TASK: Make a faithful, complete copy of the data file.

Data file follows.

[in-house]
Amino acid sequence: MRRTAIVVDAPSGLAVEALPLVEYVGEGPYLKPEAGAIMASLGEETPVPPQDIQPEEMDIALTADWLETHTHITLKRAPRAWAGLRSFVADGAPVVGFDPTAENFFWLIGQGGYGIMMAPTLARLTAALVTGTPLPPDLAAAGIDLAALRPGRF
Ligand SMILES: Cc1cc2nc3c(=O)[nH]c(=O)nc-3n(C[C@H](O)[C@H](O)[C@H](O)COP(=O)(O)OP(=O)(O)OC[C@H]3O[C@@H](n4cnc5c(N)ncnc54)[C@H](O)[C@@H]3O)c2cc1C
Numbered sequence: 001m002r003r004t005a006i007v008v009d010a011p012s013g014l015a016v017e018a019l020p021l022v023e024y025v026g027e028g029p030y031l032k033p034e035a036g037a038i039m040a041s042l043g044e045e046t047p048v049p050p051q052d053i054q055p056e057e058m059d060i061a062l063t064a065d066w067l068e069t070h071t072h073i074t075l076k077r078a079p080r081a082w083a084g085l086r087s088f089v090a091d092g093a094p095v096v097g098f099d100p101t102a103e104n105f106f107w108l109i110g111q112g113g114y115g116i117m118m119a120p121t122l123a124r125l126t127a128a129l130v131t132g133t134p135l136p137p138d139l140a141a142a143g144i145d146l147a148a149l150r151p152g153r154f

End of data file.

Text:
[in-house]
Amino acid sequence: MRRTAIVVDAPSGLAVEALPLVEYVGEGPYLKPEAGAIMASLGEETPVPPQDIQPEEMDIALTADWLETHTHITLKRAPRAWAGLRSFVADGAPVVGFDPTAENFFWLIGQGGYGIMMAPTLARLTAALVTGTPLPPDLAAAGIDLAALRPGRF
Ligand SMILES: Cc1cc2nc3c(=O)[nH]c(=O)nc-3n(C[C@H](O)[C@H](O)[C@H](O)COP(=O)(O)OP(=O)(O)OC[C@H]3O[C@@H](n4cnc5c(N)ncnc54)[C@H](O)[C@@H]3O)c2cc1C
Numbered sequence: 001m002r003r004t005a006i007v008v009d010a011p012s013g014l015a016v017e018a019l020p021l022v023e024y025v026g027e028g029p030y031l032k033p034e035a036g037a038i039m040a041s042l043g044e045e046t047p048v049p050p051q052d053i054q055p056e057e058m059d060i061a062l063t064a065d066w067l068e069t070h071t072h073i074t075l076k077r078a079p080r081a082w083a084g085l086r087s088f089v090a091d092g093a094p095v096v097g098f099d100p101t102a103e104n105f106f107w108l109i110g111q112g113g114y115g116i117m118m119a120p121t122l123a124r125l126t127a128a129l130v131t132g133t134p135l136p137p138d139l140a141a142a143g144i145d146l147a148a149l150r151p152g153r154f